Schools were asked to sign up to a daily attendance tracker ‘trial’. According to Defend Digital Me, it was not clear how the DfE plan to intervene with the pupils whose information it was collecting. The group considers the data collection to be an “obviously excessively frequent, unnecessary and disproportionate” one. The DfE also told schools that it had worked with the ICO on its DPIA – emails show that the ICO requested this to be edited or retracted.

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The education department then awarded a £270,000 contract for “Project_6468 Acquisition of Attendance Data” to Wonde Ltd, based in Suffolk. The tender says that it was for services to “extract school data that is required to enable the buyer to extract certain attendance records from schools”.

Defend Digital Me wrote to the ICO in February 2022 with its concerns about the tracker. “If this is about absence, why is the national department collecting data daily from millions of children who never miss school?” it said on a blog post. It also flagged concerns about whether the data would be shared with members of the Attendance Alliance at the DfE and who would explain to pupils and families about how the data would be shared.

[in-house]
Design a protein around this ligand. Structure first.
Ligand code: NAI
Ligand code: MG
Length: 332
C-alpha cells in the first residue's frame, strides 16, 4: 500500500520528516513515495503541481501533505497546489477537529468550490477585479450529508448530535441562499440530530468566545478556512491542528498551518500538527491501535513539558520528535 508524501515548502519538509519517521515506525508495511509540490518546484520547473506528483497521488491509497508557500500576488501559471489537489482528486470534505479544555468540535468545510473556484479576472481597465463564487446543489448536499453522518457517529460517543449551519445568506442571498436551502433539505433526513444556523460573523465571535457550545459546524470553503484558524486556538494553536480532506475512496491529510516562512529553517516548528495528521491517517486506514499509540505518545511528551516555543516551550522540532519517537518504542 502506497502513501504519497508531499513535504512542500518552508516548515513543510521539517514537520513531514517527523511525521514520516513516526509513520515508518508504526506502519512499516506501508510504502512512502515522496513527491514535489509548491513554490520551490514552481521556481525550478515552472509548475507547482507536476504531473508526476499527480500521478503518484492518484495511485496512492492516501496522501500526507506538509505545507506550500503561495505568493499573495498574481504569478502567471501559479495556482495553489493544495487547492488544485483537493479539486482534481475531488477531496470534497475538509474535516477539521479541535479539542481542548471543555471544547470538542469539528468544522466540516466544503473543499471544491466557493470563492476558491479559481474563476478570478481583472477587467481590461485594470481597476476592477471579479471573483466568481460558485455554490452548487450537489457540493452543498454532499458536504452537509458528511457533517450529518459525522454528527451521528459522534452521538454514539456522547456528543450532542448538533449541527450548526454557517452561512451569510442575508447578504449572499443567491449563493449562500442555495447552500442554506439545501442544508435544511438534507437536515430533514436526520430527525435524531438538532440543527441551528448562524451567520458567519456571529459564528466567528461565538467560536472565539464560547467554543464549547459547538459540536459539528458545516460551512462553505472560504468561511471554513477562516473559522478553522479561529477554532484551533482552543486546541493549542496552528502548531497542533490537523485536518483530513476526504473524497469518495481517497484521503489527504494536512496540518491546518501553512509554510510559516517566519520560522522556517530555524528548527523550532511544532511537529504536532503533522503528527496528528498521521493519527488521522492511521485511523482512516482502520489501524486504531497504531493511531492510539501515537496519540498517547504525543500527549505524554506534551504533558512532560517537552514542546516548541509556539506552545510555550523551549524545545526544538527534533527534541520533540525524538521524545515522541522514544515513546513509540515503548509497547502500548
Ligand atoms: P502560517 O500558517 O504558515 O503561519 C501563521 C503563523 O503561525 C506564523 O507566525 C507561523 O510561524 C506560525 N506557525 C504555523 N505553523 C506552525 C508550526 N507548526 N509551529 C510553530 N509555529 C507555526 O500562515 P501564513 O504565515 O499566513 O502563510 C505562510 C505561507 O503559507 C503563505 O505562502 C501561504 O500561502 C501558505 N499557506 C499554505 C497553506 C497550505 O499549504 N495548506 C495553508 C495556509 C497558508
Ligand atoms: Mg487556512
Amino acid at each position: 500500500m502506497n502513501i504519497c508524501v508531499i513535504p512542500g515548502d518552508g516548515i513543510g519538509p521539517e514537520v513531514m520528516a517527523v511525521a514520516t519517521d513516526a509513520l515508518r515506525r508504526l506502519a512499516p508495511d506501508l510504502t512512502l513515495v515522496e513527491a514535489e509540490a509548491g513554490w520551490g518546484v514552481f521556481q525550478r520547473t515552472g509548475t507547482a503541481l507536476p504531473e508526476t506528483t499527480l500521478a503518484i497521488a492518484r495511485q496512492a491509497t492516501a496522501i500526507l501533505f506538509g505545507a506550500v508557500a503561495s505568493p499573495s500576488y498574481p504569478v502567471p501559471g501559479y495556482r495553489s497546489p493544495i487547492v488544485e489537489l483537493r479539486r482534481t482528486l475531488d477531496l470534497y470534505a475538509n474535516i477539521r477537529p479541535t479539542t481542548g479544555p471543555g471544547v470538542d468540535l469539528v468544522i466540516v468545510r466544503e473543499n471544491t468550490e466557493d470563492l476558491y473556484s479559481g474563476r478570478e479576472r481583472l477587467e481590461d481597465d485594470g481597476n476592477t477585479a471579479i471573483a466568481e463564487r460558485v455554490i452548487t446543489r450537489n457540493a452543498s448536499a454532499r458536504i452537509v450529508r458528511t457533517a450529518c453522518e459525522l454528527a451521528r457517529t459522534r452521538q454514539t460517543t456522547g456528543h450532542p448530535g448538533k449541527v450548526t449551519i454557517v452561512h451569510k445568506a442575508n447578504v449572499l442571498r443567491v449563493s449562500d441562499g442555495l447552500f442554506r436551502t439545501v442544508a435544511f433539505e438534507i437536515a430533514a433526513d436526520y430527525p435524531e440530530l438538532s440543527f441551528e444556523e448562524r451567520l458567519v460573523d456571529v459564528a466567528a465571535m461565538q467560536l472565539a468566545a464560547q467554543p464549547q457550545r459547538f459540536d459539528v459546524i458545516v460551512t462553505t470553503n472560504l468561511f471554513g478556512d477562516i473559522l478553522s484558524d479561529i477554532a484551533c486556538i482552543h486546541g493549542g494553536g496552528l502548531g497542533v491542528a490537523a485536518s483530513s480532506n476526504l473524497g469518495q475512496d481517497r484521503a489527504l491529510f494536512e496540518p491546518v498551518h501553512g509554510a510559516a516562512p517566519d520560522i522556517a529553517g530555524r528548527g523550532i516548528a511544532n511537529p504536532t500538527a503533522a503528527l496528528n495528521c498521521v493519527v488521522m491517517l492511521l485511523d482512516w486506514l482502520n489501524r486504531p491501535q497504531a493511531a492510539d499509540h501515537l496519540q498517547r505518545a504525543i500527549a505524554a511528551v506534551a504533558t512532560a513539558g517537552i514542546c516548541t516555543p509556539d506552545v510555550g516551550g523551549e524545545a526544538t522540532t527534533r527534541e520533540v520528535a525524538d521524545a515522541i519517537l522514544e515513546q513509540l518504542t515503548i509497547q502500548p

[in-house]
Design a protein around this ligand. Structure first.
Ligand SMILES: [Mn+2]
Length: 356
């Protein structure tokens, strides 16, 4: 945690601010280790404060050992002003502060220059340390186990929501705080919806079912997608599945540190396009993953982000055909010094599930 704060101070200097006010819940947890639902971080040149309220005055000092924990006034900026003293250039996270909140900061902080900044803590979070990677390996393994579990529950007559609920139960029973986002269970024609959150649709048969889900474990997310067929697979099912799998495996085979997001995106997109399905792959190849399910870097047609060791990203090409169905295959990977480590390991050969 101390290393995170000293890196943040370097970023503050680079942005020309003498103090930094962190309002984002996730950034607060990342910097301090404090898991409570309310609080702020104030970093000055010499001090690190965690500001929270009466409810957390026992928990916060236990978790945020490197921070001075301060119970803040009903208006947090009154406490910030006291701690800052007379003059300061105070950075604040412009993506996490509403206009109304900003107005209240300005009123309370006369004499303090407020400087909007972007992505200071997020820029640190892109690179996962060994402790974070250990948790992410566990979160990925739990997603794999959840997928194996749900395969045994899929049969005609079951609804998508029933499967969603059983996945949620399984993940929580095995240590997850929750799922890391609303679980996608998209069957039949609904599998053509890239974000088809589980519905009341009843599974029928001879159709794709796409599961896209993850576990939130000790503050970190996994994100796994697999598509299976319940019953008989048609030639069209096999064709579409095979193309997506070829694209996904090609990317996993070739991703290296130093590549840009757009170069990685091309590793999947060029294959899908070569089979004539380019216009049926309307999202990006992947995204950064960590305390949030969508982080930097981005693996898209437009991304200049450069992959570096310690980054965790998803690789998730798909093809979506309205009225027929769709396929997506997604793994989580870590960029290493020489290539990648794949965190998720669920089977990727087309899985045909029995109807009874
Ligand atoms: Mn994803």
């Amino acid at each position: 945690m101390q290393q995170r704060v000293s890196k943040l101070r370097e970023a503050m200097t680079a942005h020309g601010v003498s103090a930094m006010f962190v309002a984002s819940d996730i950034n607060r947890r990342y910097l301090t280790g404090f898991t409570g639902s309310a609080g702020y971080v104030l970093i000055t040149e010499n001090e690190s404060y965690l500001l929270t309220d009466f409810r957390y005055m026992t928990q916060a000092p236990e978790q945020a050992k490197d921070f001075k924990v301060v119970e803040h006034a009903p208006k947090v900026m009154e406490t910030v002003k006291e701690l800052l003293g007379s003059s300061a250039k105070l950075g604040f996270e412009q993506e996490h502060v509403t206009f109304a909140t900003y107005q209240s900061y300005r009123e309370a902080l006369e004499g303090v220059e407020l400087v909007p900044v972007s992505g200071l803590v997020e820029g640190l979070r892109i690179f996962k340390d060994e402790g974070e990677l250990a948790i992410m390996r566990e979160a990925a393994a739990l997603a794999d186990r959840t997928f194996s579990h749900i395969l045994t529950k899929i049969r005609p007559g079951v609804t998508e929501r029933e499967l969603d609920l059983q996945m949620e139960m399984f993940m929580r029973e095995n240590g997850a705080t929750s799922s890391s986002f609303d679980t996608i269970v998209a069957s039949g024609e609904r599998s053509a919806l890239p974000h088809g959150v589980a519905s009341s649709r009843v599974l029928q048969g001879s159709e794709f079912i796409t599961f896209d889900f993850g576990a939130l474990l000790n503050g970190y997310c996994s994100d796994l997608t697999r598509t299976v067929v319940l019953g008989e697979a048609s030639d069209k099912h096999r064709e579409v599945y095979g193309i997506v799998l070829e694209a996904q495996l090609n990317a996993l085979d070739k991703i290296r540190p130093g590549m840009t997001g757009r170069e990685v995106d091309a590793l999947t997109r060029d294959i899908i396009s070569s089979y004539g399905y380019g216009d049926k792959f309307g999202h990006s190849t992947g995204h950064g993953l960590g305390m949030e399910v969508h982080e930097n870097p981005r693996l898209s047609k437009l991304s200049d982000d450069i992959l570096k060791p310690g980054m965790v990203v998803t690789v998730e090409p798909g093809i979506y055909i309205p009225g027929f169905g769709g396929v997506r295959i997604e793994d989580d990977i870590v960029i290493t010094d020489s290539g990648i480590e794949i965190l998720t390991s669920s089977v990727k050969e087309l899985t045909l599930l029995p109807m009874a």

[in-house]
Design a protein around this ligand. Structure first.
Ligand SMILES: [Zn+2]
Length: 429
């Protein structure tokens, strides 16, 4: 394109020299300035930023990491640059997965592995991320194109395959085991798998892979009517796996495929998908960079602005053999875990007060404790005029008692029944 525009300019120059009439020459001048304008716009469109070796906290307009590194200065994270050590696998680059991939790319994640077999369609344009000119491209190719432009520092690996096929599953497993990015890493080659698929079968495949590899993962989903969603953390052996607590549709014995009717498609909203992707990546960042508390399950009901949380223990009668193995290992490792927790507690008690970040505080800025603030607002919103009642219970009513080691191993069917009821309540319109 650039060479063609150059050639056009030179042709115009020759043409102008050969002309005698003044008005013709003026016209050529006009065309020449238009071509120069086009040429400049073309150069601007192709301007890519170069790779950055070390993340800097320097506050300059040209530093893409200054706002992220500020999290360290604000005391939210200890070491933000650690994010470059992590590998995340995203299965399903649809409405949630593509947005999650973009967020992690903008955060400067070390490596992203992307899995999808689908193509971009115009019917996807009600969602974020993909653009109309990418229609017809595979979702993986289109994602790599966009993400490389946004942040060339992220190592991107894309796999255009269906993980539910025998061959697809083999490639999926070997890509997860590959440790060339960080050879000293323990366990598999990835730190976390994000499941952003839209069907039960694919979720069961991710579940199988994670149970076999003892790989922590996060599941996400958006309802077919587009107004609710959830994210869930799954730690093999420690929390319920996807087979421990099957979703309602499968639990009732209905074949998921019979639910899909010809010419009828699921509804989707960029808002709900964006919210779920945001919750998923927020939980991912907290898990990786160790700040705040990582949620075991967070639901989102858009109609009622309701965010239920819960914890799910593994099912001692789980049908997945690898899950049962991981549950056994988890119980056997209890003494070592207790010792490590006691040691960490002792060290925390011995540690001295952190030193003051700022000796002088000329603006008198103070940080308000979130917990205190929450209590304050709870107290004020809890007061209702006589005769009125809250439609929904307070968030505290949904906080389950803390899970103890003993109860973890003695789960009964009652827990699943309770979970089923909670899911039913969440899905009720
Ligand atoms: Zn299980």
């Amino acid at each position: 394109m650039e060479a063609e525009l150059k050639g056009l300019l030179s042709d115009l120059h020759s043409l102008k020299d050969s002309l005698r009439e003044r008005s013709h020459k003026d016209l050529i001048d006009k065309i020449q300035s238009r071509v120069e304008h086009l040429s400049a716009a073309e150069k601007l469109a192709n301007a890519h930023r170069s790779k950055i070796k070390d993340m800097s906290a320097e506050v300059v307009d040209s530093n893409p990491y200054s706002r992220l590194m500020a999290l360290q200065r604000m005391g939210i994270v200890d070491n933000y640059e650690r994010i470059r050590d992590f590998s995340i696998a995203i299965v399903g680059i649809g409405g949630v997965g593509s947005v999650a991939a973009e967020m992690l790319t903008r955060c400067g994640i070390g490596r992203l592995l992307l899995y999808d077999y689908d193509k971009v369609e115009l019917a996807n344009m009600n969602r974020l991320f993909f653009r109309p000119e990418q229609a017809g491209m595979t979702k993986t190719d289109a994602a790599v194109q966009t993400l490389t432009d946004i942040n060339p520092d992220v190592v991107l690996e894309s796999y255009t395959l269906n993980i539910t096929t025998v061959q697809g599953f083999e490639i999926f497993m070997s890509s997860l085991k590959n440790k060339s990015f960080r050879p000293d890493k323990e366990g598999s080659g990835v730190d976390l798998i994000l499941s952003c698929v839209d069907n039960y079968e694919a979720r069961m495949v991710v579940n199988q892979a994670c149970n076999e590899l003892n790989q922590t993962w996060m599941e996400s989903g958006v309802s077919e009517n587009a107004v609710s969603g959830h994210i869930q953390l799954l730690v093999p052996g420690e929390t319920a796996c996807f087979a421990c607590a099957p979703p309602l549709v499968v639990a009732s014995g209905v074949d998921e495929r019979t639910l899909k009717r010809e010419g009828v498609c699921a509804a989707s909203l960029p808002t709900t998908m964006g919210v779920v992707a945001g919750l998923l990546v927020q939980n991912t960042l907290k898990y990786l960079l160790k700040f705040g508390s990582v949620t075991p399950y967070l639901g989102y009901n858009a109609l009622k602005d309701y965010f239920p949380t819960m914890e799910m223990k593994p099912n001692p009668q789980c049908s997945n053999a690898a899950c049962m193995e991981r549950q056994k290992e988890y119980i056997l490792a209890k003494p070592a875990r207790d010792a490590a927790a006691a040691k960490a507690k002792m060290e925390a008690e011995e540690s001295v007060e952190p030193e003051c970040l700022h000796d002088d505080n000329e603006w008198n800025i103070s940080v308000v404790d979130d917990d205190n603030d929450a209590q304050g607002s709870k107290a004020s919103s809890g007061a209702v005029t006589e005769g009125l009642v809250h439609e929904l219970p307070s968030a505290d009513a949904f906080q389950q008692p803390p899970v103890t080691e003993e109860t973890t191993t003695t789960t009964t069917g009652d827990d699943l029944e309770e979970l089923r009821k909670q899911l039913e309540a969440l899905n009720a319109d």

Confusion over DfE data storage plans

Documentation released as part of the FOI request shows that at the time the data collection started, the DfE had not worked with the ICO on its DPIA and that the DPIA had not been signed off prior to the data processing beginning, which is a legal requirement.

Once the ICO had received and reviewed the DPIA, it communicated its many concerns back to the DfE in March. In its 20-page response, the data watchdog expresses concern that the DfE’s DPIA does not confirm whether the contractual arrangement between DfE and Wonde fully complies with the “requirements for processor contracts.” It also notes that it is not apparent from the DPIA how the 66-year timeframe for retaining data is justified. The DfE says this is required for evaluation and monitoring purposes. The ICO adds that the DPIA needs more detail on how pupils’ data will be anonymised and archived.

DfE’s DPIA also states that the data will be stored in the Microsoft Azure cloud, based in the Republic of Ireland and the Netherlands and that it has obtained “offshoring approval”. The ICO has said this term is “not defined” and that it’s also not clear whether the “required safeguards for such transfers are in place.” Further, it says that this statement contrasts with Wonde’s data storage policy, which says the information is kept on AWS servers in Ireland.

Legal challenge in the works against DfE’s data collection faux pas

Defend Digital Me’s legal team is liaising with the DfE to get answers on how the data will be analysed and to provide transparency around the use of the tracker. It said the department’s initial response confirmed that the daily attendance data is “likely to be used to support legal interventions, including issuing fixed penalty notices and prosecuting parents”.